* * *

Like In the Shadow of Evil Jeannette Armstrong’s novel, Whispering in Shadows, also uses the image of “shadow”; however, to Armstrong the force of shadows is not evil but part of the necessary world – something not to be feared but, rather, accepted, taken in, and changed. Armstrong’s work as a poet and an activist permeates the language and content of this novel, which reads as an assemblage of the main character Penny’s chronological narratives: her letters to sisters, lovers, and friends, and her diary entries. The novel is even formatted like a prose poem, with much white space, abrupt shifts from dialogue to Penny’s italicized self-talk, to diary entries, and to bare description. The fragments hang together, each making the narrative more intelligible, the emotional reality of the character more dense. Penny, whose own name seems foreign to her until she hears it in her great-grandmother Susapeen’s voice – “Paen-aye” – is presented as a speaking/thinking presence and as a character intimately known by the narrator. Penny is an artist, and some of the novel’s most effective segments involve her musing and puzzling over her effort to get the colour of snow just right on her canvas, or her grappling with the relation of art to ethics and the marketplace. Armstrong’s narrative takes us through Penny’s life, first as a young woman, then through her childhood memories, and finally through the memories of her grandmothers. Direct narrative makes us feel the stink of the pesticides and the weight of the apples Penny picks at her summer job. The materiality of the bodily experience is so strong here that I was reminded of Robert Frost’s “After Apple Picking.” Penny becomes an activist in environmental and indigenous resistance movements which take her, in one of the novel’s most powerful sections, into the Chiapas guerrilla movements. Armstrong presents a thorough analysis of the interconnections of politics, economics, and ecology in the strangulation of the earth’s peoples and the consumption of its resources. Her despair at seeing the marketing of her art as inextricable from a global system that consumes the many to support the few leads her to destroy her paintings and to quit making art.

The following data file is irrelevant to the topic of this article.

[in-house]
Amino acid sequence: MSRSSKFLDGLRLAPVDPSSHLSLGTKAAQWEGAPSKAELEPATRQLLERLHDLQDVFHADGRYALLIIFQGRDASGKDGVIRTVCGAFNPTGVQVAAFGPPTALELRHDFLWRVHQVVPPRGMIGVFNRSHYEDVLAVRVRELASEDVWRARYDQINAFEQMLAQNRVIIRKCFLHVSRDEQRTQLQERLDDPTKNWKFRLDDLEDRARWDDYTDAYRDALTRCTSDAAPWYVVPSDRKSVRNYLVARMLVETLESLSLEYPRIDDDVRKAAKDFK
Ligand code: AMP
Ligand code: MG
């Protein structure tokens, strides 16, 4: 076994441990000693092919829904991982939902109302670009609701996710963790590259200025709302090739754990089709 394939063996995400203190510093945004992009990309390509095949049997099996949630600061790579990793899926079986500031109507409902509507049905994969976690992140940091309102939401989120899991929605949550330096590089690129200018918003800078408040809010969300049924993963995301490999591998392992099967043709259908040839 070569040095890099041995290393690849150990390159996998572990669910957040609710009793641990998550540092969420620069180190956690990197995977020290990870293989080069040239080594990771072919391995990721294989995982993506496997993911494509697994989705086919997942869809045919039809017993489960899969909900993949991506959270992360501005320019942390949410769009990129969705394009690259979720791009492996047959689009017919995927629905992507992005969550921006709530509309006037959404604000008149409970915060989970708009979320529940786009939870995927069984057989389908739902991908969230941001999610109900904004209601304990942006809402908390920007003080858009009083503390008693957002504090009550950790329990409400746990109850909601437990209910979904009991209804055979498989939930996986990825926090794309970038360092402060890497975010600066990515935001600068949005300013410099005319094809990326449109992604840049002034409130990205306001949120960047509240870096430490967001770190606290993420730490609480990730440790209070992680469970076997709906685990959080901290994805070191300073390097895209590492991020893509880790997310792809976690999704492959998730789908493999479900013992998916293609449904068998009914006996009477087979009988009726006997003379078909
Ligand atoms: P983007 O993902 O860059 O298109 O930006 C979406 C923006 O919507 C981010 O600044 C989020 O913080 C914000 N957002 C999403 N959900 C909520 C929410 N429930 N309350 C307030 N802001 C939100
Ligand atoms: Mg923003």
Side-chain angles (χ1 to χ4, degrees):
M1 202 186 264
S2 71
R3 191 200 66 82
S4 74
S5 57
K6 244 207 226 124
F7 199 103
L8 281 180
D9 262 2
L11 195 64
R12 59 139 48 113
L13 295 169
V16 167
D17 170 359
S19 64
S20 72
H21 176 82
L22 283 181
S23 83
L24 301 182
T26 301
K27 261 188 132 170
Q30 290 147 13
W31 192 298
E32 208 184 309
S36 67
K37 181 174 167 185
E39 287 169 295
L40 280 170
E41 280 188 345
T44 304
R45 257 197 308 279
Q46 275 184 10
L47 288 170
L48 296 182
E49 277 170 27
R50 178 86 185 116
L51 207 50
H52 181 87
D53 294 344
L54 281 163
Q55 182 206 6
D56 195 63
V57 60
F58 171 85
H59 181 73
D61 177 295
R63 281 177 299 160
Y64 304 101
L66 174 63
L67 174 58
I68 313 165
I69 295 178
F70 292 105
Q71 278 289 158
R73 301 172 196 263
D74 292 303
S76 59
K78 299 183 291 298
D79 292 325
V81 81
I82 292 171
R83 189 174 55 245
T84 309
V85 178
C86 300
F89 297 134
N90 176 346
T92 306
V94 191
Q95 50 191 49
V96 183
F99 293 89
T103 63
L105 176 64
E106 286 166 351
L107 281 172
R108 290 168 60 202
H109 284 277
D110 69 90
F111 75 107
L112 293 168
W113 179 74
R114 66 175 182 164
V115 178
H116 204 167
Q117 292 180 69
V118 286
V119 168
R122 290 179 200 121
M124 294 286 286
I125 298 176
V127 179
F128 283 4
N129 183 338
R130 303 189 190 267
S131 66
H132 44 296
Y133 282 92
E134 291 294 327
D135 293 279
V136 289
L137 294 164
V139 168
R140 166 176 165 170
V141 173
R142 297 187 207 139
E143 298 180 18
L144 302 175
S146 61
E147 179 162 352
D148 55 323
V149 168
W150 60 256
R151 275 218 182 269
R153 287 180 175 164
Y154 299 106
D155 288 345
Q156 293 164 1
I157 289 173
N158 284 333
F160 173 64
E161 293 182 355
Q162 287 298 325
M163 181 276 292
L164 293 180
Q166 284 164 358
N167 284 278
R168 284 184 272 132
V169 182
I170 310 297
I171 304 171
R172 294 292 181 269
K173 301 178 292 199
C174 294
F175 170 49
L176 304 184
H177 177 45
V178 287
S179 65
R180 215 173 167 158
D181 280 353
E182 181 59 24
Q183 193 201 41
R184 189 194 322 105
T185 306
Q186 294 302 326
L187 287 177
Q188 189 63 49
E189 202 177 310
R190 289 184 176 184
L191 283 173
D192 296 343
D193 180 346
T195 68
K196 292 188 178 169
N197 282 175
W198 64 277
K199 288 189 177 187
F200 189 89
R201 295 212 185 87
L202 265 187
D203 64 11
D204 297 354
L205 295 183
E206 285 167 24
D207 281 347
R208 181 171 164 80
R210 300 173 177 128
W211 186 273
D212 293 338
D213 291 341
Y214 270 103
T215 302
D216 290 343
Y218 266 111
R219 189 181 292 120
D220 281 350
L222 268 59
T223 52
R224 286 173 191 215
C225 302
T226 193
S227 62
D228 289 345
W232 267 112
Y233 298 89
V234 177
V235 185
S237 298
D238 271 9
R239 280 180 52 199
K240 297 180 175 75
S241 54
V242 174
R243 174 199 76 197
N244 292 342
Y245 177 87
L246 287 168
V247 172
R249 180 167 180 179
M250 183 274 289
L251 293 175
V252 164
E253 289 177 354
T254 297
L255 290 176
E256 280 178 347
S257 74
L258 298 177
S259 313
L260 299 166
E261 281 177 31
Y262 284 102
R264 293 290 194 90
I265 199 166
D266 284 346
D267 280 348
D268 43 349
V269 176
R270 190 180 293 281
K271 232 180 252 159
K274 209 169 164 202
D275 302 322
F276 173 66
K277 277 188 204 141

Unfortunately, much of the political information comes to us as polemic rather than in the dramatic forms of the apple picking or the Chiapas visit. Penny, a single mother, continues with her world-travelling activism until she exhausts herself and returns home with her children to the reserve, her family, and the earth. This trajectory of movement from a centre outwards and then back is not uncommon among First Nations authors; however, in significant ways, Armstrong’s character is dissimilar from the abused and neglected children depicted in some other Aboriginal novels. Penny is raised in a loving and strong extended family, and she is capable to taking on a wide range of experiences and making numerous decisions. The harm done to her is a byproduct of the larger injury foisted upon the earth and its peoples by the greed and blind consumption of global capitalism. We are meant, for example, to connect the cancer that strikes her to the poisonous chemicals used by the apple growers. And the metaphoric cancer of environmental destruction and cultural genocide shifts back and forth, from foreground to background, in Penny’s life. 

Whispering in Shadows, like In the Shadow of Evil, raises a profound question: how can one resist the forces arrayed against the earth and still maintain a life that is connected to the earth. Everyone who struggles with the contradictions of contemporary life will feel grateful for Armstrong’s insight and her generosity as well as for her unflinching assessment of power and money and how they work. 

Armstrong’s prose is rich, engaging, and crisp. Her spiritual and philosophical musings, along with her intricate assessment of activism and its costs to her family, make even the lecture-like sections of the novel affecting. This balance falters only when someone rails about how immigration works for global capital, or what effect tourism has on local economies, or why mass industrialism paralyzes creativity. Even these segments never go on too long. Armstrong seems to trust her reader much more in Whispering than she does in Slash (Theytus, 1990). She presents herself here as a fully mature author whole-heartedly engaged with her characters and the world in which we all live.